The Freedom From Religion Foundation filed a federal lawsuit today against New Kensington-Arnold School District to remove a prominent Ten Commandments monument from the grounds of Valley High School, New Kensington, Pa.
FFRF, a Madison, Wis.-based nonprofit state/church watchdog with 18,500 nonreligious members including more than 673 in Pennsylvania, is a named plaintiff, along with two local parents with children in the school district. They are: FFRF member Marie Schaub, who has a child, Doe 1, in the school district who regularly encounters the bible edict, and Doe 2, a student at Valley High School, along with Doe 3, parent and guardian of Doe 2. The suit was filed in U.S. District Court, Western District of Pennsylvania. Both parent plaintiffs have felt stress and anxiety over concern that they and their children would continue to encounter the religious monument at school.
A tombstone-like monument of the Ten Commandments, approximately six foot tall, is directly in front of the main school entrance, near two footbridges that students and visitors use to enter the building. The bible monument was presented by the New Kensington branch of the Eagles, a fraternal order that has littered the landscape with similar monuments. FFRF Staff Attorney Patrick Elliott first sent a letter in March to the District Superintendent requesting that he remove the Ten Commandments monument because it violates the Establishment Clause of the First Amendment. The district failed to move the monument or even write an official response.
Board President Robert Pallone, however, wrote in March on the Facebook webpage called "KEEP THE TEN COMMANDMENTS AT VALLEY HIGH SCHOOL," that the district would not "remove this monument without a fight !!!!!" Clergy in the area held a rally during the school day in front of Valley High School to support the decision to retain the religious monument.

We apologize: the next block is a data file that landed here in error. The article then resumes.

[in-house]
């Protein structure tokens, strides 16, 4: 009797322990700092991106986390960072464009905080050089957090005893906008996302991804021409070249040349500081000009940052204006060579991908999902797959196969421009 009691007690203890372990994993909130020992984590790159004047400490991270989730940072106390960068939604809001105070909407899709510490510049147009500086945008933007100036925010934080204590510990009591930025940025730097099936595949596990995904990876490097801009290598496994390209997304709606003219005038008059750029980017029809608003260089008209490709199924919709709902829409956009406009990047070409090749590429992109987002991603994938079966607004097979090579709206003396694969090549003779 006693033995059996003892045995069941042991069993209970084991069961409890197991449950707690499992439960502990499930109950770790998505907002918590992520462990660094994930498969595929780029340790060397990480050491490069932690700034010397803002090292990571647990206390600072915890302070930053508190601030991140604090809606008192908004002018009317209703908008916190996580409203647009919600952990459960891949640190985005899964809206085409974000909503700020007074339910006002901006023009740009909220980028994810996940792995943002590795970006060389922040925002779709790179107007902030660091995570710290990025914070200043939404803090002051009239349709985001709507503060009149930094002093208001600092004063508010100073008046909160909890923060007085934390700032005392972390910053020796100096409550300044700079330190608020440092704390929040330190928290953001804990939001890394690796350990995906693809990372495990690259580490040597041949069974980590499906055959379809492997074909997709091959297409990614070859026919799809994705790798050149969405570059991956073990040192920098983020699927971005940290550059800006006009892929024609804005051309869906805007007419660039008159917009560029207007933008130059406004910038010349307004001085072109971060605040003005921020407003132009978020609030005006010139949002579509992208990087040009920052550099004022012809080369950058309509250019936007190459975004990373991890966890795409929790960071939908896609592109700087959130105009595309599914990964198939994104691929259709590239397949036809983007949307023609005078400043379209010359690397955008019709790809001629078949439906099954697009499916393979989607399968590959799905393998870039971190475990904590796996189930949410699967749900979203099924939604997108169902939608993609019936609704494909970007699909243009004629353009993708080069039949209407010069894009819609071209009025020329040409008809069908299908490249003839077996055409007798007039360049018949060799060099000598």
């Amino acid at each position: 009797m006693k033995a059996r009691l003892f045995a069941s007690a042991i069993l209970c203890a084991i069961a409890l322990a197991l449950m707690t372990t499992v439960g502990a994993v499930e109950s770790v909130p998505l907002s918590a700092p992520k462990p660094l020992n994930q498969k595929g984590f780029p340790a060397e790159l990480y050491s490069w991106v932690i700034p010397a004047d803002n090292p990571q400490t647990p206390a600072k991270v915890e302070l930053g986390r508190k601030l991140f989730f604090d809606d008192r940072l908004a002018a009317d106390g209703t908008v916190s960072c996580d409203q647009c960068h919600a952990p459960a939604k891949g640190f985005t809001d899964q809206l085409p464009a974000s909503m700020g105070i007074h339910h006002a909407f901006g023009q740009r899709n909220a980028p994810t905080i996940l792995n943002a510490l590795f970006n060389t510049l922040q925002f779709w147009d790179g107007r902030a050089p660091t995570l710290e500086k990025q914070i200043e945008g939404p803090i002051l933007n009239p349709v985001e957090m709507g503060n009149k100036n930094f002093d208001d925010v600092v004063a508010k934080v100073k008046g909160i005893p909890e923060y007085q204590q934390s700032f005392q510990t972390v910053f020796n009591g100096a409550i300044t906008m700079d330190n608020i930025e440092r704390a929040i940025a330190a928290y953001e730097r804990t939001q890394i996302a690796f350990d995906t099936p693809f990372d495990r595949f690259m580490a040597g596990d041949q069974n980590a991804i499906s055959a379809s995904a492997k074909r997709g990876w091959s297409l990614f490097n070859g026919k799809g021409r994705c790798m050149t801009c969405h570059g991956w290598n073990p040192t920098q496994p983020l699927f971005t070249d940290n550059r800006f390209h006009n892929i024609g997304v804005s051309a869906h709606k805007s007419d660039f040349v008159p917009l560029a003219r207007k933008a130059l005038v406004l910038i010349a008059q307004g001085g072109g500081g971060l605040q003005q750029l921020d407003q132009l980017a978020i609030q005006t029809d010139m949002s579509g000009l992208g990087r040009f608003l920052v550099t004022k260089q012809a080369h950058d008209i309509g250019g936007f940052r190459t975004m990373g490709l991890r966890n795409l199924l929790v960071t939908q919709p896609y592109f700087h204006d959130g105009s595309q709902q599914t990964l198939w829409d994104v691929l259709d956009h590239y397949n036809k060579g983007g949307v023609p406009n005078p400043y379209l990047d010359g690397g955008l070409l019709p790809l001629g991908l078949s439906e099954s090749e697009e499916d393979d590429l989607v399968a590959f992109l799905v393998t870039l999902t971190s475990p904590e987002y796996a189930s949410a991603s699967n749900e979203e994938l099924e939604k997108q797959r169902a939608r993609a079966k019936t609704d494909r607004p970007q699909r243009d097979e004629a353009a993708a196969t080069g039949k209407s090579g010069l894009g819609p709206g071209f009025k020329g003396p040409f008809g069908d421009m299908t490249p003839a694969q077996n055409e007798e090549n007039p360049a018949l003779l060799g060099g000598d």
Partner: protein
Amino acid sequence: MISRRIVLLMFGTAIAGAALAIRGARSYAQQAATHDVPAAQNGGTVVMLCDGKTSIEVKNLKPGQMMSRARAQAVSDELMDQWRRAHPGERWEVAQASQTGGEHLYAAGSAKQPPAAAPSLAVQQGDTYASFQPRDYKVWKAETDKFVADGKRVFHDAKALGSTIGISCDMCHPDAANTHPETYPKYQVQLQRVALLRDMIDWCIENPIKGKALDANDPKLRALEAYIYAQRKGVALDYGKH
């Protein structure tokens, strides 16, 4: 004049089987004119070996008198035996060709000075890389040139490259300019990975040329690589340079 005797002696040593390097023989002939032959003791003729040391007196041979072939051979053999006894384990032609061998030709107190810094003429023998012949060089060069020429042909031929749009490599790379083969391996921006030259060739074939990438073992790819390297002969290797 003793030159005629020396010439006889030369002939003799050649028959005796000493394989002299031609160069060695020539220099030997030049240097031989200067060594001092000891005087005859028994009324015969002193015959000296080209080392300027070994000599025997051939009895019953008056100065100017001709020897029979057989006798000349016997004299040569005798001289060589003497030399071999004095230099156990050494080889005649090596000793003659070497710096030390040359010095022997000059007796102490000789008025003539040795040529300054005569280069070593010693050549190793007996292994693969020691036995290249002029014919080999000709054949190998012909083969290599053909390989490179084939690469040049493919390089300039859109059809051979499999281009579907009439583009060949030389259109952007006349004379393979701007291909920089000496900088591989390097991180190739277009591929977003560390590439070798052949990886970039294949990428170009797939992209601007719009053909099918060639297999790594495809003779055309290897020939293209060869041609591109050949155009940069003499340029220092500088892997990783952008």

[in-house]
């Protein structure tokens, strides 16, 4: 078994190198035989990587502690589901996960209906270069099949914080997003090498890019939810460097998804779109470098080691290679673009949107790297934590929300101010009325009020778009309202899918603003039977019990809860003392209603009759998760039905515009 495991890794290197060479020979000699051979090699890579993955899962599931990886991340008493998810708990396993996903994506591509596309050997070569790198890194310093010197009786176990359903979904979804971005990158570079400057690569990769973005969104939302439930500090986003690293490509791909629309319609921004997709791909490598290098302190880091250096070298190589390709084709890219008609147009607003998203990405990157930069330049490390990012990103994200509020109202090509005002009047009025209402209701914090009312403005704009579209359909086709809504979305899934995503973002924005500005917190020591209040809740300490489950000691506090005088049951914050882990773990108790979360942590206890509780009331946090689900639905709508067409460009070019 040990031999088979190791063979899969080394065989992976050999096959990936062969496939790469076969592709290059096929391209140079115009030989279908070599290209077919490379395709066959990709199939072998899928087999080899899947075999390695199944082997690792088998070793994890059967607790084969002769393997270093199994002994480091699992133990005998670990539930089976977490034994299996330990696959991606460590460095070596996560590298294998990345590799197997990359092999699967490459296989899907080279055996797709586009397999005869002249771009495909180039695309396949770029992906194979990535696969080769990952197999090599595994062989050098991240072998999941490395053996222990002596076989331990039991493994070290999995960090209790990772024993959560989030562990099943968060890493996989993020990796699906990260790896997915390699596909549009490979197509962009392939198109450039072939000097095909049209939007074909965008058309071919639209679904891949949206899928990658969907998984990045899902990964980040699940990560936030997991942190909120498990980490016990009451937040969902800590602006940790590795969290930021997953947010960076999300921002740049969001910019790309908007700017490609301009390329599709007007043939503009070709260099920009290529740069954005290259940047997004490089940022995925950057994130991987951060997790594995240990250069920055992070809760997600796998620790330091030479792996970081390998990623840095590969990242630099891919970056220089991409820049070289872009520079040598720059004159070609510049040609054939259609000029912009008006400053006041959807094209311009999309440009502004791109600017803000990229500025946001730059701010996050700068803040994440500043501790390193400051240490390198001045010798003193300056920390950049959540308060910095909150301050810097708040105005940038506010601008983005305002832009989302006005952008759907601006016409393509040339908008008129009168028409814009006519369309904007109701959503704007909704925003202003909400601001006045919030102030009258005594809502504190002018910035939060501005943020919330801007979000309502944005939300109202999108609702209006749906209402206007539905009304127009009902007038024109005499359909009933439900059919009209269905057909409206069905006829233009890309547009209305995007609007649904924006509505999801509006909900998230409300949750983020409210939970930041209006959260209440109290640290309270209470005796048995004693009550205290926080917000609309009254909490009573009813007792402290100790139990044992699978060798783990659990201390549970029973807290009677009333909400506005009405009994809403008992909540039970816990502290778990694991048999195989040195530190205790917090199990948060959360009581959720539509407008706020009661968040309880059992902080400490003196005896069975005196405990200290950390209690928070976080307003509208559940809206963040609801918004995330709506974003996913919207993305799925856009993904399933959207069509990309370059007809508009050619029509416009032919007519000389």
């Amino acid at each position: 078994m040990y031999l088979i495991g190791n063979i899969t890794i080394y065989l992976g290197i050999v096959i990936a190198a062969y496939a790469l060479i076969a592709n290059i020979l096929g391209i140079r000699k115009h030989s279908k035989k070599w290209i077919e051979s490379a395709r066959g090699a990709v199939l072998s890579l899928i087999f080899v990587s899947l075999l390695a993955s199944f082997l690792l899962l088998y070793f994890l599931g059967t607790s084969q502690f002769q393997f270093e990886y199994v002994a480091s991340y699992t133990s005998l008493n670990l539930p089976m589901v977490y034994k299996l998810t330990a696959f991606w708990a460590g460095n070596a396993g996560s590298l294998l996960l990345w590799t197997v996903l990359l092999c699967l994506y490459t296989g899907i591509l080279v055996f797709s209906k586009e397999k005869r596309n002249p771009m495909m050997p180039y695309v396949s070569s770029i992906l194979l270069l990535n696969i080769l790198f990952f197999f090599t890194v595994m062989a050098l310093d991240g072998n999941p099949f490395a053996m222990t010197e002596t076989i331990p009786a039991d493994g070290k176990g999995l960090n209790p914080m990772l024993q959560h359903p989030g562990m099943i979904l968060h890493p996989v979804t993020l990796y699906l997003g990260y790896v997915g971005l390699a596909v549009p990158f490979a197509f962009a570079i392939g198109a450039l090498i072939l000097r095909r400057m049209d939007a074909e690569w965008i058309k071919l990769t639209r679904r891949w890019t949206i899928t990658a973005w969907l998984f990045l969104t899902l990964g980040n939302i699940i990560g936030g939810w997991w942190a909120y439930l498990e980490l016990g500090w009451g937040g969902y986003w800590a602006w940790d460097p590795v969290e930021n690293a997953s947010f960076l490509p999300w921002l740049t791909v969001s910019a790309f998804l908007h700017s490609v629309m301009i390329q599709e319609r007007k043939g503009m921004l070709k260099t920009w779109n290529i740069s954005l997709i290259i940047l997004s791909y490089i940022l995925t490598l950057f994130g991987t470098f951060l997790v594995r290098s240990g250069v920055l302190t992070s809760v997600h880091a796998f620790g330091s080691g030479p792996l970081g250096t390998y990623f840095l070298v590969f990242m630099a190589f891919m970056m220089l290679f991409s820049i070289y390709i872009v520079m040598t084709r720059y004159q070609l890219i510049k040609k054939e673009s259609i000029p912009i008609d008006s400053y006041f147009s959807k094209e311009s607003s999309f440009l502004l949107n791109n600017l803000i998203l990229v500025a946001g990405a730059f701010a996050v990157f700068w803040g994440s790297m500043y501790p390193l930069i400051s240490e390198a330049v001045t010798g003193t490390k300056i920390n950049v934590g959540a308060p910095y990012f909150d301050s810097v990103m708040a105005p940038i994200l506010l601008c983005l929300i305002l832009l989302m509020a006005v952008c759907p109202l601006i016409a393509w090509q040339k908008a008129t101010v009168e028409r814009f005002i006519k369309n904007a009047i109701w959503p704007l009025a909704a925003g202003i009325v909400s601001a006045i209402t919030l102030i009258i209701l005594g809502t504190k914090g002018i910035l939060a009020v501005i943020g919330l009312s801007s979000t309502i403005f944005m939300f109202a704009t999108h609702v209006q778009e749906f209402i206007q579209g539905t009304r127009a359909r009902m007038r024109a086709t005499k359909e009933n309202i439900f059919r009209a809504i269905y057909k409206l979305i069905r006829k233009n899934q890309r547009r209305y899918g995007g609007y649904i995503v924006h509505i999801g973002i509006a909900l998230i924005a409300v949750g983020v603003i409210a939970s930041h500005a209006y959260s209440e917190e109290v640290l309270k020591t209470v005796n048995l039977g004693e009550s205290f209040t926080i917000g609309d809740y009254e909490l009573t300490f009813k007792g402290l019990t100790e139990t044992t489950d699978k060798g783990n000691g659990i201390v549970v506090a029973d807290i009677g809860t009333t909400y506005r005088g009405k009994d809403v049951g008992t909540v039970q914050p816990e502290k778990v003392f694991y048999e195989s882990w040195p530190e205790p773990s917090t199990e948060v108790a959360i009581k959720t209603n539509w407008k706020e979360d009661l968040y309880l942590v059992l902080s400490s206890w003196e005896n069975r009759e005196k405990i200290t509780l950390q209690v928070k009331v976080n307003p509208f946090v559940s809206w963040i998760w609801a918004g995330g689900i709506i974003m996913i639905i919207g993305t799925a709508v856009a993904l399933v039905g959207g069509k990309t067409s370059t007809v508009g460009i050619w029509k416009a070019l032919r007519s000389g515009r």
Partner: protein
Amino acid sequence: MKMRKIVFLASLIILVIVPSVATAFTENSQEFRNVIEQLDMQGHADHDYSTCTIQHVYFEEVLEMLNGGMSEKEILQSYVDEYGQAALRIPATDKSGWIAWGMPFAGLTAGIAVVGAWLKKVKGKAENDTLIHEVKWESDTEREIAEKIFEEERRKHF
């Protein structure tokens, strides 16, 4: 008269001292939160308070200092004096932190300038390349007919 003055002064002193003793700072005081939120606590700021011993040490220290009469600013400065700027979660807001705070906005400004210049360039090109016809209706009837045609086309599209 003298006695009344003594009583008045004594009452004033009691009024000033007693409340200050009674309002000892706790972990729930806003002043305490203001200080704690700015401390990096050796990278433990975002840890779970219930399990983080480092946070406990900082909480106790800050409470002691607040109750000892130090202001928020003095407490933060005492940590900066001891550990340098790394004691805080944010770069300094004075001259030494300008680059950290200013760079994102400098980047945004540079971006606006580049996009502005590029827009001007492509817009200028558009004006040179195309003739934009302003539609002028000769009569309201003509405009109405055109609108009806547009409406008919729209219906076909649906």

The complaint notes the display "lacks any secular purpose," citing Stone v. Graham, a 1980 Supreme Court decision which ruled the Ten Commandments may not be posted in public school classrooms, because "The pre-eminent purpose" for doing so "is plainly religious in nature."
The District's posting of Ten Commandments monument at the high school not only endorses and advances religion, but "also impermissibly coerces students to suppress their personal religious and non-religious beliefs and adopt the favored religious view of the District." The district also usurps parental authority.
The Eagles campaign started when a devout judge and Eagle member, E.J. Ruegemer— who wanted to promote religion and Minnesota granite — teamed up with film director Cecil B. DeMille, interested in promoting his 1956 epic, "The Ten Commandments." In 2002, FFRF successfully removed one of the first such monuments placed on government property, in the City of Milwaukee. Yul Brenner had turned up for the dedication.
FFRF is asking for a permanent injunction directing the district to remove the Ten Commandments monument from district property, reasonable costs and attorneys' fees, and nominal damages to plaintiffs. FFRF and its plaintiffs are being represented by Marcus B. Schneider of Pittsburgh.